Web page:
Employees are slowly starting to come back into the office as states begin to open up and minimize restrictions amid the COVID-19 pandemic.
Are you looking for ideas to make your office safe? Digital Air Strike has you covered.
DAS is taking many precautions to make its office safe for everyone. The steps we’re taking can also help your company prepare for the return of your employees.
Digital Air Strike employees have been working from home for the past eight weeks or so to minimize potential exposure to COVID-19. Arizona lifted its stay-at-home order on May 15, so DAS welcomed back its team members into its Scottsdale headquarters on May 18.
“We want everyone in the company to be safe,” said Tanya Budke, vice president of experience management at Digital Air Strike. “We will evaluate the situation daily and make changes as needed to ensure we are following and even exceeding state recommended guidelines so that our team feels good about coming into the office.”
Here are the safety steps your company can take to welcome employees back into the office:
It’s a good idea to require your employees to wear face masks when walking around the office. Digital Air Strike is providing two DAS-branded face coverings to every employee. These masks are made of cloth material so they’re reusable and can be washed. Consider making your own branded face masks for your employees and your customers.
The office should be cleaned daily. Sanitizing wipes and liquid hand sanitizer should be available in all common rooms and areas. Sinks should be tested to ensure they have hot water and antibacterial soap.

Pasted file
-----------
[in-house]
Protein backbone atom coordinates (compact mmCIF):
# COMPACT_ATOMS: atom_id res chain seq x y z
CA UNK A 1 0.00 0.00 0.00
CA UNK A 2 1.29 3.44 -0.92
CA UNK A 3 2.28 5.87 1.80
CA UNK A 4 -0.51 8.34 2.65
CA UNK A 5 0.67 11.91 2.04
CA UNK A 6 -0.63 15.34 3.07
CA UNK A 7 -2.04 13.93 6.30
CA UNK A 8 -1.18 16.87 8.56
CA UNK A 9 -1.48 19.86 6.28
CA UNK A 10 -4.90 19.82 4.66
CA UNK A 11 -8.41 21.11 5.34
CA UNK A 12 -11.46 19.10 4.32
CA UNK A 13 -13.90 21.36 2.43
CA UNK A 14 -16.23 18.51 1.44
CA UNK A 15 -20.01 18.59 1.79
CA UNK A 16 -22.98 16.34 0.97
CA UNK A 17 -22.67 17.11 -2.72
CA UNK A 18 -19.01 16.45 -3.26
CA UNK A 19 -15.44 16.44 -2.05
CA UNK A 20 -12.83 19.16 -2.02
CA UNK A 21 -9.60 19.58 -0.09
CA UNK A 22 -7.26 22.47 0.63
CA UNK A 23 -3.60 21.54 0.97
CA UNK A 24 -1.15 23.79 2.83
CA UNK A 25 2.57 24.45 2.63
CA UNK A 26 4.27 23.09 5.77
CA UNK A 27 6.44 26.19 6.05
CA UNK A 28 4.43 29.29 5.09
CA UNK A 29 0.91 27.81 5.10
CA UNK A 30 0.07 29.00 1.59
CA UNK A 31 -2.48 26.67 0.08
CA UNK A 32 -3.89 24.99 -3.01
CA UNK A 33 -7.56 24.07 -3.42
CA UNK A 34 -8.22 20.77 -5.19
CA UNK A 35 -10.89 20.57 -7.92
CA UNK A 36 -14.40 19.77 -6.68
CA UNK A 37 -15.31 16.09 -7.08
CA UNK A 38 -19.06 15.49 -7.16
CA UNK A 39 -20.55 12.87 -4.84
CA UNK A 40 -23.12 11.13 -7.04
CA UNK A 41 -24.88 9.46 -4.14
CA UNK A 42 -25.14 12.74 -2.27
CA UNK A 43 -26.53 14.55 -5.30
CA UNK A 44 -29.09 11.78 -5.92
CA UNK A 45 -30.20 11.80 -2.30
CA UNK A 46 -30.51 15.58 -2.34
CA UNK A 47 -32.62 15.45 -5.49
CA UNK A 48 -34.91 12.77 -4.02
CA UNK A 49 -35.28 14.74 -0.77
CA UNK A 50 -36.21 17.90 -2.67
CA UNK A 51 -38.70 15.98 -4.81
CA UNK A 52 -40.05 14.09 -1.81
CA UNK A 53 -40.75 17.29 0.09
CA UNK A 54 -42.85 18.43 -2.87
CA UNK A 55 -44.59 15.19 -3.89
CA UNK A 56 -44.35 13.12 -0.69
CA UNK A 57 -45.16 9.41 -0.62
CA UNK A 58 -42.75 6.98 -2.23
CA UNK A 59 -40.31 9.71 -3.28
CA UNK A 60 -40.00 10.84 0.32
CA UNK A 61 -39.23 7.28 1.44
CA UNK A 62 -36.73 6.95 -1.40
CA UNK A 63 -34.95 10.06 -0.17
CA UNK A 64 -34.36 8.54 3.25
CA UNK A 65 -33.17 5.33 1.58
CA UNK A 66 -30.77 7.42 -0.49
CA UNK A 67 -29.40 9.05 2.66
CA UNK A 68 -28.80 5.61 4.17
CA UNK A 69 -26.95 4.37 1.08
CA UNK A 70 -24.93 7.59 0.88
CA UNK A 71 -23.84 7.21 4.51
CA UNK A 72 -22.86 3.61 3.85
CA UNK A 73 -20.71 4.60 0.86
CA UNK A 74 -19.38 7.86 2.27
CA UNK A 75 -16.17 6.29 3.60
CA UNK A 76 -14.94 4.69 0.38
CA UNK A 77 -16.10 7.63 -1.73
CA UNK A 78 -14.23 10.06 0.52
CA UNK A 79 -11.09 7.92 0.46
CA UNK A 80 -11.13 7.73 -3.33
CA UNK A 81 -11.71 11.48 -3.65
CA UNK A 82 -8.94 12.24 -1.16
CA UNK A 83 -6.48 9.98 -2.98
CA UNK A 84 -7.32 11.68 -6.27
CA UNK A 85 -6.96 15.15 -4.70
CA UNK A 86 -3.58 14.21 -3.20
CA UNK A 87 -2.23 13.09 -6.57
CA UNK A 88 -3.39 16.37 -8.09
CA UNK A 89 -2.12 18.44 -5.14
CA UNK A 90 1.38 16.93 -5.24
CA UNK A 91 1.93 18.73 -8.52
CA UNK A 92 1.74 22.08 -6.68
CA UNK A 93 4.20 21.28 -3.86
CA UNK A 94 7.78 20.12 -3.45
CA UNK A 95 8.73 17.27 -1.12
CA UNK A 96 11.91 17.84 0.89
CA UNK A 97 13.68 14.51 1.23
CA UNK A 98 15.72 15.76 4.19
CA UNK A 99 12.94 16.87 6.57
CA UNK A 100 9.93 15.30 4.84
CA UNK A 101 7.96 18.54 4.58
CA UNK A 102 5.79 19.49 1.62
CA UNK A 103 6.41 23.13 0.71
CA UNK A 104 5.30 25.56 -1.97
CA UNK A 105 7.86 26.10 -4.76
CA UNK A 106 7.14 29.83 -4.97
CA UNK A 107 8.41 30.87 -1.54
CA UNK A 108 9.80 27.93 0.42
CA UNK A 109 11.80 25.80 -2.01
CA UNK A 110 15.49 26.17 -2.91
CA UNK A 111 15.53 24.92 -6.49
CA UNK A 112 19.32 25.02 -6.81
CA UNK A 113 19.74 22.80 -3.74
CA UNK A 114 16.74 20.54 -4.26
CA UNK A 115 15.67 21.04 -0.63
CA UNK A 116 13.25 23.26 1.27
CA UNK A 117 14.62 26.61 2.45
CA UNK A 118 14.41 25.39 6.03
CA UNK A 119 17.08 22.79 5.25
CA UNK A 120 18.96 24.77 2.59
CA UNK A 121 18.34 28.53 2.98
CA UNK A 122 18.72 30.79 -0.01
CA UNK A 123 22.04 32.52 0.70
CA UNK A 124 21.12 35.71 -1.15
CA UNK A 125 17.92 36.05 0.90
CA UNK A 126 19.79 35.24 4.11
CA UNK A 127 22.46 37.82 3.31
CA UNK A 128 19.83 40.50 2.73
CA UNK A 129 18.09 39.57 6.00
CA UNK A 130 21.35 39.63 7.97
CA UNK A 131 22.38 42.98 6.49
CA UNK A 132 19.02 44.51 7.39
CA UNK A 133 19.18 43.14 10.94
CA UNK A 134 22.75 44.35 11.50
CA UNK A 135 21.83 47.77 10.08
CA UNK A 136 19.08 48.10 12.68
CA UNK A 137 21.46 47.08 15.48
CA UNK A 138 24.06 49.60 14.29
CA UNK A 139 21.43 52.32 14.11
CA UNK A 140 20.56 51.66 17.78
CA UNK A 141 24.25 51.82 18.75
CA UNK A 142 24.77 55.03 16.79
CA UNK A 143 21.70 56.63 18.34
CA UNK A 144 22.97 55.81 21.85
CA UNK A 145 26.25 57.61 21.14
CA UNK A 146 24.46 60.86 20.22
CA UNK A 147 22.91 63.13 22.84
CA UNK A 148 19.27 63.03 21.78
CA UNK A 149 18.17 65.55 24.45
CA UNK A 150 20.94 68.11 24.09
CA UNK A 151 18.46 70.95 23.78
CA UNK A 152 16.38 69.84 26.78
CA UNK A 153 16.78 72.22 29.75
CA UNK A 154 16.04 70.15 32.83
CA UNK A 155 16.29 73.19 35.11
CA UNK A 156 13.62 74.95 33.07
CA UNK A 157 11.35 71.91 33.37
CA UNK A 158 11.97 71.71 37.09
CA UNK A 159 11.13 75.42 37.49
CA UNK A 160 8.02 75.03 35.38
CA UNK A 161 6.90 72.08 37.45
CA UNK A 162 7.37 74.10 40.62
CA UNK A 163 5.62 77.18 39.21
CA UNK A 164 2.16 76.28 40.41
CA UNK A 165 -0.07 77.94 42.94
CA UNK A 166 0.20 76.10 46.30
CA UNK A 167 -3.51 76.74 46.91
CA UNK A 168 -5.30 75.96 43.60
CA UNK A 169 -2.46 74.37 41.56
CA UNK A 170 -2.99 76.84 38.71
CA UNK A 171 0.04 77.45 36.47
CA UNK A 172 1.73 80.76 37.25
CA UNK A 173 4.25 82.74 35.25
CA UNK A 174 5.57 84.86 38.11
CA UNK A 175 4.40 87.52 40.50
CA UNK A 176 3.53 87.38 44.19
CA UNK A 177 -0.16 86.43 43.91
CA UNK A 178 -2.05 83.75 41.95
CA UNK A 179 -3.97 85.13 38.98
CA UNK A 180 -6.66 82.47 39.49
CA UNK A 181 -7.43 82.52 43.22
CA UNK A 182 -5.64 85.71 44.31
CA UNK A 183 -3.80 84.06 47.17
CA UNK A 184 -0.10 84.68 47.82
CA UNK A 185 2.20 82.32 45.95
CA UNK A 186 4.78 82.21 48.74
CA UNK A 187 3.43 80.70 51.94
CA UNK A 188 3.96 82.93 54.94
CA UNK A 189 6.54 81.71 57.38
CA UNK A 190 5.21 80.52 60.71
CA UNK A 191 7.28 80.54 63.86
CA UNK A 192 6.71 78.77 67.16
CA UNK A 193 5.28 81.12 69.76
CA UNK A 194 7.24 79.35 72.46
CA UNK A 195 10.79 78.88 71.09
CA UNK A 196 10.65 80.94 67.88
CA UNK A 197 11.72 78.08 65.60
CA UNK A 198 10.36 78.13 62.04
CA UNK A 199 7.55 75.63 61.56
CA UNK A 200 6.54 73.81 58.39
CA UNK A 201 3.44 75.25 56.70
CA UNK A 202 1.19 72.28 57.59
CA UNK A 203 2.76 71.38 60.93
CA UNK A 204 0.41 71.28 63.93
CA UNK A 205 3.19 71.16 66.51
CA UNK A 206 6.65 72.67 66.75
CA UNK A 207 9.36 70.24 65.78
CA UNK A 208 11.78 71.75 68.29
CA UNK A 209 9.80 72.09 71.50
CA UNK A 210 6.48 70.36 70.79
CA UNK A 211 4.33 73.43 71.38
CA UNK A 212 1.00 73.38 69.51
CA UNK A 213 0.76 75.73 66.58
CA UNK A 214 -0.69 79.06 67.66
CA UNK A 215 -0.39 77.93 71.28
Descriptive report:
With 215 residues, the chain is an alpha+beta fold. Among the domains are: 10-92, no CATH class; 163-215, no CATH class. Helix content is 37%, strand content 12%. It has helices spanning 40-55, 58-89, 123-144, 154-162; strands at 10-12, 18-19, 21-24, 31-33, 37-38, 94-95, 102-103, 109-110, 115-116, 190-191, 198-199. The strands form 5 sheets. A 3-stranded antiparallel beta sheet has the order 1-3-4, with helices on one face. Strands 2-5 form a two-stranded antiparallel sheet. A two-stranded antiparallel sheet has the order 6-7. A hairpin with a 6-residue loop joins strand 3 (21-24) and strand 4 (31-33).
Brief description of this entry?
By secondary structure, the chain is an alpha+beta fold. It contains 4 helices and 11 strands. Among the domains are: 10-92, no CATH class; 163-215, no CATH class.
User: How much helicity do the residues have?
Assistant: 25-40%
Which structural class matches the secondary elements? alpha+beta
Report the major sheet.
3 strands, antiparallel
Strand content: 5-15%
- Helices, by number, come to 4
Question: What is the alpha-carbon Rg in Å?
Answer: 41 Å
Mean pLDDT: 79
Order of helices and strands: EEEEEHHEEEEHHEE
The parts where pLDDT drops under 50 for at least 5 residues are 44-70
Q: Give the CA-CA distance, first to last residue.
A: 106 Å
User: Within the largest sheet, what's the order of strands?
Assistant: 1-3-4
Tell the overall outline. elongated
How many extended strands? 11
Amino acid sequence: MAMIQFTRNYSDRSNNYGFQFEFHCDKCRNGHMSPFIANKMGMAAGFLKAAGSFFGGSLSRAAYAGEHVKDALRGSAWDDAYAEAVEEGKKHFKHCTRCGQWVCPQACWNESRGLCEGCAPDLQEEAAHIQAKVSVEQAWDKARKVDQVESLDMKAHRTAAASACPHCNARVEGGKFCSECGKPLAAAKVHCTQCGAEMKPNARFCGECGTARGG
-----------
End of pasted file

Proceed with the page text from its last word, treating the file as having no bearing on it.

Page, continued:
Desks and the overall office layout should be rearranged so every employee’s desk is at least six feet away from one another.
Consider staggered shifts and schedules for employees so not everyone is in the office at once.
The bathrooms should be limited to only one person at a time, or two people if your bathroom is larger.
Kitchen areas should also be limited so employees can eat six feet apart. Depending on the size and layout of your kitchen, you could mandate only one person sit at each table, for example. Also consider moving microwaves to opposite ends of the room so there is no need for gathering.
Lunch breaks can be staggered to limit the number of people on break at the same time. Make sure employees are not congregating inside for breaks. If you have an outdoor patio, make the same precautions so employees can comfortably sit or stand six feet apart. Staff should be encouraged to find an area of the office that is at least six feet away from other team members.
Sanitation stations should be placed at all office entrances, and employees could be assigned a door to enter or exit to limit exposure.
Conference rooms should be limited so all employees can sit or stand six feet apart.
Large department or full-company meetings should not occur in-person. Consider instead having team members join video calls from their desks using headphones to listen.
Deliveries of any type should not be allowed inside the office. Consider meeting them outside the door or having the delivery person leave the item at the door after they call you. If employees order lunch they should be required to do curbside pickup outside the building.
If employees are not feeling well they should be required to remain at home and not come into the office.
Employees with child-care challenges or those deemed high risk should be allowed flexibility to work with human resources on their schedules, including the ability to work from home if needed.
Employees should be required to sign a document with the company rules to ensure everyone is aware of the rules.
Signs can be put around the office reminding people to social distance. For example, Digital Air Strike has signs that say: “I need my space… #DASdistancing.”
Consider buying six-foot long PVC pipes and put them around the office to make it really easy for employees to make sure desks and people are staying the right distance apart. DAS team members noticed that three floor carpet tiles are exactly six feet, so DAS is telling everyone to always walk or stand three floor carpet tiles apart. Your office may have similar carpet tiles.
Make sure you share with your audience on social media what you’re doing to keep your team and your customers safe as well as ways you are supporting your community. For ideas on what and when to post as well as additional COVID-19 related help for your business, download our free Resource Guide at www.digitalairstrike.com/commitment.